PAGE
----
Case Study of the Persistence of P fluorescens SBW25EeZY6KX in Sugar beet Crops

Data gathered in microcosm and field investigations confirmed the utility of P. fluorescens SBW25EeZY6KX as a competitive phytosphere colonizer of plants when introduced as a seed dressing4,5,19 or foliar spray.20,21 In open field studies, information on the survival, establishment and dissemination of GMMs in the environment was acquired during the development and maturation of deliberately inoculated field crops. Data on the spread, persistence and survival of the inocula on plants and in...

The GUS Reporter system

Going back to the landmark publication of Jefferson et al,15 we can only now put in perspective to what extent the use of the Escherichia coli gusA gene as a reporter shifted the balance from reporter systems suited only for specific studies to a broad purpose, easy-to-use, and precise reporter of gene expression. The use of fusions between a gene of interest and a reporter gene with an easily detectable phenotype, such as gusA, offers several advantages for the study of gene expression. Two...

Improving GFP Fluorescence

GFP from the sea pansy Renilla reniformis contains the same chromophore as GFP from Aequorea victoria. However, the GFP from R. reniformis has a single excitation peak at 498 nm. This difference is presumably due to the difference in amino acid residues surrounding the (hromophore in the mature protein.15 Neither the isolated chromophore, nor the denatured protein at neutral pH, are fluorescent.13 These data suggested that changing the protein environment (amino acid sequence) around the...

Marking of Bacteria with Antibiotic Resistance Genes

Chromosomes cf bacteria are often marked by the use of random or site-specific integration vectors, such as transposons. Location of marker genes on the chromosome instead of plasmids may improve stability, and although this reduces the likelihood of a transfer event, it does not eliminate it. Insertion of markers into the chromosome has been achieved by random integration of transposons which encode resistance genes, such as Tn50i in E. coli,33 Tn903 in Erwinia carotovora,34 Tn5 in...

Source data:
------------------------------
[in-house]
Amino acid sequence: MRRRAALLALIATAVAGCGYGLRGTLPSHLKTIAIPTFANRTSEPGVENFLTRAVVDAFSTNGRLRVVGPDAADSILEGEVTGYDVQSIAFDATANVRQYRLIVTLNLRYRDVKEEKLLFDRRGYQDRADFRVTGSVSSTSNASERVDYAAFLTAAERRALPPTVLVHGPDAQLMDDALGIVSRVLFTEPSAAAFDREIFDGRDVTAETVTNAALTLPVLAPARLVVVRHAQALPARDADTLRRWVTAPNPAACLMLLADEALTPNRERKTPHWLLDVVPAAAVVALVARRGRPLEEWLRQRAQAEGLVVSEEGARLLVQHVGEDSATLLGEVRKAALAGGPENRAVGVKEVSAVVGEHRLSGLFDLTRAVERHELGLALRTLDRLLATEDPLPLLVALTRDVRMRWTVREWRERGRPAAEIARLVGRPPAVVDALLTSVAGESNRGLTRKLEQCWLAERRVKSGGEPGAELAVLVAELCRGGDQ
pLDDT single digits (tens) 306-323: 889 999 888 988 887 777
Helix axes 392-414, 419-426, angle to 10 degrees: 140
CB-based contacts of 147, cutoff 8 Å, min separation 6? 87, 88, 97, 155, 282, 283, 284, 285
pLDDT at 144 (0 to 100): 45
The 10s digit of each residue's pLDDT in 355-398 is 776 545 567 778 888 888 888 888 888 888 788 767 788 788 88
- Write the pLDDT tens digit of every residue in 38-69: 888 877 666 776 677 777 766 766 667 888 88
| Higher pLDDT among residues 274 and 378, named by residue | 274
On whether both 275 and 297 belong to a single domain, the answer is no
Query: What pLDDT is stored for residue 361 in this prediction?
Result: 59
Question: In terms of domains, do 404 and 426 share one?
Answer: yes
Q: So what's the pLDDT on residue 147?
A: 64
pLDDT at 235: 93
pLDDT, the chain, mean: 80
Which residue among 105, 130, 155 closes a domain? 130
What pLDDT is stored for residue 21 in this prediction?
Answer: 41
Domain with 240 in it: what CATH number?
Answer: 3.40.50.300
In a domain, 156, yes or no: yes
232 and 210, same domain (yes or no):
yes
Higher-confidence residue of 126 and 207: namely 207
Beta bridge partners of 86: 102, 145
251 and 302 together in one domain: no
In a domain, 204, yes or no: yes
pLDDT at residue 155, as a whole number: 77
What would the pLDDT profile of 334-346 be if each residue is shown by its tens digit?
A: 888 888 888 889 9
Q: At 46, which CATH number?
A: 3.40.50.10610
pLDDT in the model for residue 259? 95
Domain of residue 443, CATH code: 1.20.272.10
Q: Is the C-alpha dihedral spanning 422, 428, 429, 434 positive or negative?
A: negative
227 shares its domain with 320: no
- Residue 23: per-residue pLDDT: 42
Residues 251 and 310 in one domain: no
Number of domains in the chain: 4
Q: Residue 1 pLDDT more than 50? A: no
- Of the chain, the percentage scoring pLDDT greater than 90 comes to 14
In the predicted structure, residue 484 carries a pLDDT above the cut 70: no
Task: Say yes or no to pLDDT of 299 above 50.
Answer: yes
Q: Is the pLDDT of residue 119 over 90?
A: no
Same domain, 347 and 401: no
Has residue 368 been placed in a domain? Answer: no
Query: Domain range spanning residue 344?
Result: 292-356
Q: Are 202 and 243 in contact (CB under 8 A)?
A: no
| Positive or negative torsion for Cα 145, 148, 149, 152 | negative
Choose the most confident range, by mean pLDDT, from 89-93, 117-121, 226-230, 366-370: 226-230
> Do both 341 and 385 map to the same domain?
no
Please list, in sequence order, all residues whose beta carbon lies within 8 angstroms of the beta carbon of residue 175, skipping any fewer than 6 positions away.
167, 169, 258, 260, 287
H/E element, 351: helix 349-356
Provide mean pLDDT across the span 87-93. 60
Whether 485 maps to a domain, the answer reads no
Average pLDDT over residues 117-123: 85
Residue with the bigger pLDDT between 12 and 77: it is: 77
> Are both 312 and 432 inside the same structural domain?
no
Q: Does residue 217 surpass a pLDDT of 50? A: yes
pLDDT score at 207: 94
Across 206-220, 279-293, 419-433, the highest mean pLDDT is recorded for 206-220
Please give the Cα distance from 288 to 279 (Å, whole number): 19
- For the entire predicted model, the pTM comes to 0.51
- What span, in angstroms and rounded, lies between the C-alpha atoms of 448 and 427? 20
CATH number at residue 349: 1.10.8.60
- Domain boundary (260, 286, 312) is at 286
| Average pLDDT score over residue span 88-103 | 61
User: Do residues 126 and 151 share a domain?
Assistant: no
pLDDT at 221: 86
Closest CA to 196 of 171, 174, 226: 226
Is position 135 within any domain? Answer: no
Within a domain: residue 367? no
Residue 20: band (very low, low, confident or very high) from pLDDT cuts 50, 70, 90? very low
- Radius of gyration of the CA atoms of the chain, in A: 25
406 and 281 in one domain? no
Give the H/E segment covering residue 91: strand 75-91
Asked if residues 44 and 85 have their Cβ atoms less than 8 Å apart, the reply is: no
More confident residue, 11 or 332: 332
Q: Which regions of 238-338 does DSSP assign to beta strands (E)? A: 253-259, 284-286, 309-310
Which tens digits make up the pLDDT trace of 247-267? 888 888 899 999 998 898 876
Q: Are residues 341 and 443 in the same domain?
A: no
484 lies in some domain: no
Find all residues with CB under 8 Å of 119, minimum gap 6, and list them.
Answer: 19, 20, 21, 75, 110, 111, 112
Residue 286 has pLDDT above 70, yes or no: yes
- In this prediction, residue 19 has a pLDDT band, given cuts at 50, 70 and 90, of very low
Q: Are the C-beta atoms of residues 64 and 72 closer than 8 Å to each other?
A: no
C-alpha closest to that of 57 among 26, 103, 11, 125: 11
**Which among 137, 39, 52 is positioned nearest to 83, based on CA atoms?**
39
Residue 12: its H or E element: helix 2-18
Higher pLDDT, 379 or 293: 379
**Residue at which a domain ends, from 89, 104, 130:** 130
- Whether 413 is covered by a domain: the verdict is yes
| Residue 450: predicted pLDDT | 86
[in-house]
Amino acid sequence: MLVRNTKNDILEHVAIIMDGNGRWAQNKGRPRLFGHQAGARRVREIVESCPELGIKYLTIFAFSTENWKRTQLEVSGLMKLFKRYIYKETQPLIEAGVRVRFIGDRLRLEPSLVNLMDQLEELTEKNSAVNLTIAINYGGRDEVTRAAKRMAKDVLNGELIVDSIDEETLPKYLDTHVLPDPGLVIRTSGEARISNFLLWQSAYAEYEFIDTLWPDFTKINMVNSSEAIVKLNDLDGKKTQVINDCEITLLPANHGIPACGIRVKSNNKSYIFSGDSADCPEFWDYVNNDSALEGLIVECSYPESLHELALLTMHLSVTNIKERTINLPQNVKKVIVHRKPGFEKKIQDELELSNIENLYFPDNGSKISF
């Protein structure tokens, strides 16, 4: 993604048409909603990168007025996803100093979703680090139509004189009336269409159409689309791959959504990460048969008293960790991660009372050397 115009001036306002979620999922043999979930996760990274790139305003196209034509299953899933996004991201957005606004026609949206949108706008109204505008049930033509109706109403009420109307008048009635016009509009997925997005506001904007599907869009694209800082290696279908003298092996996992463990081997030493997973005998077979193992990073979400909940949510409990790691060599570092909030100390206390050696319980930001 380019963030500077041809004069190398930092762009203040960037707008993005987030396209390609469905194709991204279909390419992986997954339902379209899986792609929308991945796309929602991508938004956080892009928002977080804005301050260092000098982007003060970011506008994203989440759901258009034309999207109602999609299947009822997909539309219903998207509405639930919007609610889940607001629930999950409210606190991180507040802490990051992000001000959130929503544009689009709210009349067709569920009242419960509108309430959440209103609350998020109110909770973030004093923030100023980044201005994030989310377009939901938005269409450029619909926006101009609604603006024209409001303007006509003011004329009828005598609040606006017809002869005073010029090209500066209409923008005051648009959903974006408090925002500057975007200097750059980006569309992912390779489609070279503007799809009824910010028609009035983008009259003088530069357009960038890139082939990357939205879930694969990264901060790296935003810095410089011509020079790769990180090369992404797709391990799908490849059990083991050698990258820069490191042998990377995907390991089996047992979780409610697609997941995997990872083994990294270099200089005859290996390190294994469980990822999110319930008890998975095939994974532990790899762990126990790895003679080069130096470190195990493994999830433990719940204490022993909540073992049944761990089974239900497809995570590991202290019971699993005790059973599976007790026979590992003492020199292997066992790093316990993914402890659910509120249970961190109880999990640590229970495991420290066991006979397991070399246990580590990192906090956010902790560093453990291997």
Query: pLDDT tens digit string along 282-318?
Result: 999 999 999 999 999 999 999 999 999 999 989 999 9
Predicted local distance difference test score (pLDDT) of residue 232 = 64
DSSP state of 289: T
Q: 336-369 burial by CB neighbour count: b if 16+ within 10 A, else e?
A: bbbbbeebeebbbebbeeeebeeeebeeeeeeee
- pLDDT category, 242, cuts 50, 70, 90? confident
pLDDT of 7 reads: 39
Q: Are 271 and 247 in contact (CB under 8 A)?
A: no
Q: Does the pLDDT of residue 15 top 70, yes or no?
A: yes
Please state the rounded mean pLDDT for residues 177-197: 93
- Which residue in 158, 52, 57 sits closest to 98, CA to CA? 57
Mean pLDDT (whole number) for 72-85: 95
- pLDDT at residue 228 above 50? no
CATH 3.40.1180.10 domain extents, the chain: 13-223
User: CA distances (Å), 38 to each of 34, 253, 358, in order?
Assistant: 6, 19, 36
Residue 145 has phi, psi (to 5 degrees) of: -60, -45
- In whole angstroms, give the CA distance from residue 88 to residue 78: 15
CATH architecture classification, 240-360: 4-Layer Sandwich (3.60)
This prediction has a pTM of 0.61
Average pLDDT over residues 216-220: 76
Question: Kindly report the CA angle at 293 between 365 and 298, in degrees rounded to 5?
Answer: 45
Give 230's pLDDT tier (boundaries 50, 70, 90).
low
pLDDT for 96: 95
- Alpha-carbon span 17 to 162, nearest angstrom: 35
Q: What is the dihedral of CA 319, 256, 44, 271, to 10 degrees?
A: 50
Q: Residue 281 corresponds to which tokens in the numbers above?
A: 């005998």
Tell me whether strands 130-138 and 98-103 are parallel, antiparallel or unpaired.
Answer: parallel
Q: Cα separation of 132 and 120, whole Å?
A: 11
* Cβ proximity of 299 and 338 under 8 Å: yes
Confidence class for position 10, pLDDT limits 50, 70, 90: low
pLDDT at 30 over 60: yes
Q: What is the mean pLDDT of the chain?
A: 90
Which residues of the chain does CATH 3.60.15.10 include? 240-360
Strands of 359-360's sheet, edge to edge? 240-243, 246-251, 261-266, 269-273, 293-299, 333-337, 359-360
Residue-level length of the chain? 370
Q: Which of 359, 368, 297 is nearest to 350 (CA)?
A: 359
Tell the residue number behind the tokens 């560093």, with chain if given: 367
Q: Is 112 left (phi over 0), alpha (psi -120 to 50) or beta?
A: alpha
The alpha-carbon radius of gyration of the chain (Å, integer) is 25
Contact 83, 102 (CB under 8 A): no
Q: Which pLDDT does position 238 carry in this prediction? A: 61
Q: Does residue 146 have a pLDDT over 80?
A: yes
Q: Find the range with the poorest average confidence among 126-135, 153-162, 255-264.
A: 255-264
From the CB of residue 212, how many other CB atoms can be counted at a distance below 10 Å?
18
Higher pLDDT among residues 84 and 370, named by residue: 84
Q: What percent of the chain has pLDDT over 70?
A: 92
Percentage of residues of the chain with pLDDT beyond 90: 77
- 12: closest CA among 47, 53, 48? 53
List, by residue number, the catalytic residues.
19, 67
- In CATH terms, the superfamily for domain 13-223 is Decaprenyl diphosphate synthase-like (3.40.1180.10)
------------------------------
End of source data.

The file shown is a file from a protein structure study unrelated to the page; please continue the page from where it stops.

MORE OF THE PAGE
Cell Disruption

The aim of the cell disruption step is to lyse as many target microbial cells as possible, since any subsequent analysis on the basis of nucleic acids is greatly sensitized if this step is optimized. The lysis protocol can be targeted towards a specific microbial group or to the total microbial community. Unfortunately, cell lysis is often the main limiting step in nucleic acid extraction protocols, even of pure cultures.46 Due to the enormous differences in lysability of cells (cf. easily...

Conclusion

Antibiotic resistance genes have a long history of reliability for use as highly selective, versatile markers allowing detection and enumeration of bacteria in environmental samples. Resistance genes found in non-antibiotic producing bacteria are readily expressed in a wide range of host backgrounds. Examples include the neomycin resistance gene, nptII, which has been used in gram-positive (high and low GC) and gram-negative bacteria, yeasts, plant and animal cell cultures. The resistance genes...

The Use of Antibiotic Resistance Gene Markers for Studying Bacterial Populations in Natural Environments

Sharon Egan and Elizabeth M H Wellington 2.1. Introduction Antibiotic resistance genes have been used to mark bacteria by providing a readily selectable phenotype, which can be detected using selective growth media. Detection and monitoring is therefore culture-dependent. A wide range of resistance genes have been characterised (Tables 2.1 and 2.2) which confer resistance to commercially available, inexpensive antibiotics. In addition, resistance genes have provided a valuable tool for cloning...

Choice of Antibiotic Resistance Gene Markers

The choice of resistance gene markers depends on the environmental use of the marked bacterium and is influenced by the background resistance of the indigenous bacteria in a given habitat. Members of some genera, including Pseudomonas, Mycobacterium and Rhodococcus, have nonspecific mechanisms for resistance to antibiotics and heavy metals, including exclusion from the cell.16 The levels of resistant indigenous bacteria depends on the antibiotic and can range from 103-104 cfu g-1 dry soil for...

Use of Antibiotic Resistance Genes to Monitor Gene Transfer in Soil

Antibiotic resistance markers have been used to study gene mobility and dissemination of antibiotic resistance genes has been the subject of a large number of studies due to the problem of drug resistance in bacterial pathogens. Resistance genes are highly mobile under intense selection pressure in clinical environments and have been found associated with chromosomes, plasmids, integrons and bacteriophages.38,39 The application of antibiotics such as streptomycin to treat bacterial rots in soft...

The Escherichia coli gusA Gene

Originally, p-glucuronidase was biochemically characterized in the bacterium Escherichia coli14 and later the gusA gene was isolated from E. coli strain K12.15 GUS activity enables E. coli in its natural environment, the gut, to decouple glucuronic acid from various substrates13 and to use glucuronic acid for further metabolization. The compounds coupled to glucuronic acid, the aglycones, can be very diverse. They are coupled to glucuronic acid in the liver to make them more water-soluble and...

Other GUS Constructs

Five gusA cassettes, uidAl, uidA2, uidA2-cat, uidA2-aadA and uidA2-aph, suitable for constructing transcriptional fusions,were described by Metcalf and Wanner.28 Three of them contain additional antibiotic resistance genes see Table 6.3 . uidAl, uidA2 and uidA2-aph cause nonpolar mutations after double homologous recombination into the host genome. Table 6.3. Overview of GUS constructs used in studies of plant-bacteria interactions gusA-expressing transposon gusA-expressing transposon Promoter...